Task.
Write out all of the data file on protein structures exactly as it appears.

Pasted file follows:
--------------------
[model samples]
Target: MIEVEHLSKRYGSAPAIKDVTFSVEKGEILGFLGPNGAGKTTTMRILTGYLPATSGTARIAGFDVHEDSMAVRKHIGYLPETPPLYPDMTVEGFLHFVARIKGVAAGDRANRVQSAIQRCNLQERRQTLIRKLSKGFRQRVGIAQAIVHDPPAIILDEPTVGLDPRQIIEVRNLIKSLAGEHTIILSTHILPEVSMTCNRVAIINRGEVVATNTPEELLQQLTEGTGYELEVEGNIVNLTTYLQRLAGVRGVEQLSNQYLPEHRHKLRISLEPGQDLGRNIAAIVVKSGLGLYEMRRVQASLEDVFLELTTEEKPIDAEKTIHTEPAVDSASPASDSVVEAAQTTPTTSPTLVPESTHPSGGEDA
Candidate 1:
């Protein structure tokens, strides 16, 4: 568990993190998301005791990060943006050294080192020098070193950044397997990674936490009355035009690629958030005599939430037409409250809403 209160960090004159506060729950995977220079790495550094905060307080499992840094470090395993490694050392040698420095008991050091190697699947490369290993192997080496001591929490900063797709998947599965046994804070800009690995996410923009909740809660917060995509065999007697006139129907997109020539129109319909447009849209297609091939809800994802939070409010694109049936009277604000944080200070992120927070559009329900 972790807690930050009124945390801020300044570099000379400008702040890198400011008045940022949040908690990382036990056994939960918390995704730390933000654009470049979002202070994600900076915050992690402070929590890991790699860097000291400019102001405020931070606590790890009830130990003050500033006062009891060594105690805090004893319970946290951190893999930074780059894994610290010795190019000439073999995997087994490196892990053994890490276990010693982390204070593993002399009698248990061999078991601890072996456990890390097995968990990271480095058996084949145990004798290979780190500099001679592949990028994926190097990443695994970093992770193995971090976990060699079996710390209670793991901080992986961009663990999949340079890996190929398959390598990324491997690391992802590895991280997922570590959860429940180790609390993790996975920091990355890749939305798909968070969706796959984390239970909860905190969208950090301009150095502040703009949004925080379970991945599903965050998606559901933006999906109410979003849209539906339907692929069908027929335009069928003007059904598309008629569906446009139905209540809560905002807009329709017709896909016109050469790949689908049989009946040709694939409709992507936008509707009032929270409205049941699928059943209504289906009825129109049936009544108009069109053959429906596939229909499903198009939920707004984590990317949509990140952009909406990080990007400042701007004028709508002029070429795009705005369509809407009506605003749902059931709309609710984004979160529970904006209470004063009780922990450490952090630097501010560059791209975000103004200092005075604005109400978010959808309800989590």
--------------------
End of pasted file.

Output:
[model samples]
Target: MIEVEHLSKRYGSAPAIKDVTFSVEKGEILGFLGPNGAGKTTTMRILTGYLPATSGTARIAGFDVHEDSMAVRKHIGYLPETPPLYPDMTVEGFLHFVARIKGVAAGDRANRVQSAIQRCNLQERRQTLIRKLSKGFRQRVGIAQAIVHDPPAIILDEPTVGLDPRQIIEVRNLIKSLAGEHTIILSTHILPEVSMTCNRVAIINRGEVVATNTPEELLQQLTEGTGYELEVEGNIVNLTTYLQRLAGVRGVEQLSNQYLPEHRHKLRISLEPGQDLGRNIAAIVVKSGLGLYEMRRVQASLEDVFLELTTEEKPIDAEKTIHTEPAVDSASPASDSVVEAAQTTPTTSPTLVPESTHPSGGEDA
Candidate 1:
């Protein structure tokens, strides 16, 4: 568990993190998301005791990060943006050294080192020098070193950044397997990674936490009355035009690629958030005599939430037409409250809403 209160960090004159506060729950995977220079790495550094905060307080499992840094470090395993490694050392040698420095008991050091190697699947490369290993192997080496001591929490900063797709998947599965046994804070800009690995996410923009909740809660917060995509065999007697006139129907997109020539129109319909447009849209297609091939809800994802939070409010694109049936009277604000944080200070992120927070559009329900 972790807690930050009124945390801020300044570099000379400008702040890198400011008045940022949040908690990382036990056994939960918390995704730390933000654009470049979002202070994600900076915050992690402070929590890991790699860097000291400019102001405020931070606590790890009830130990003050500033006062009891060594105690805090004893319970946290951190893999930074780059894994610290010795190019000439073999995997087994490196892990053994890490276990010693982390204070593993002399009698248990061999078991601890072996456990890390097995968990990271480095058996084949145990004798290979780190500099001679592949990028994926190097990443695994970093992770193995971090976990060699079996710390209670793991901080992986961009663990999949340079890996190929398959390598990324491997690391992802590895991280997922570590959860429940180790609390993790996975920091990355890749939305798909968070969706796959984390239970909860905190969208950090301009150095502040703009949004925080379970991945599903965050998606559901933006999906109410979003849209539906339907692929069908027929335009069928003007059904598309008629569906446009139905209540809560905002807009329709017709896909016109050469790949689908049989009946040709694939409709992507936008509707009032929270409205049941699928059943209504289906009825129109049936009544108009069109053959429906596939229909499903198009939920707004984590990317949509990140952009909406990080990007400042701007004028709508002029070429795009705005369509809407009506605003749902059931709309609710984004979160529970904006209470004063009780922990450490952090630097501010560059791209975000103004200092005075604005109400978010959808309800989590």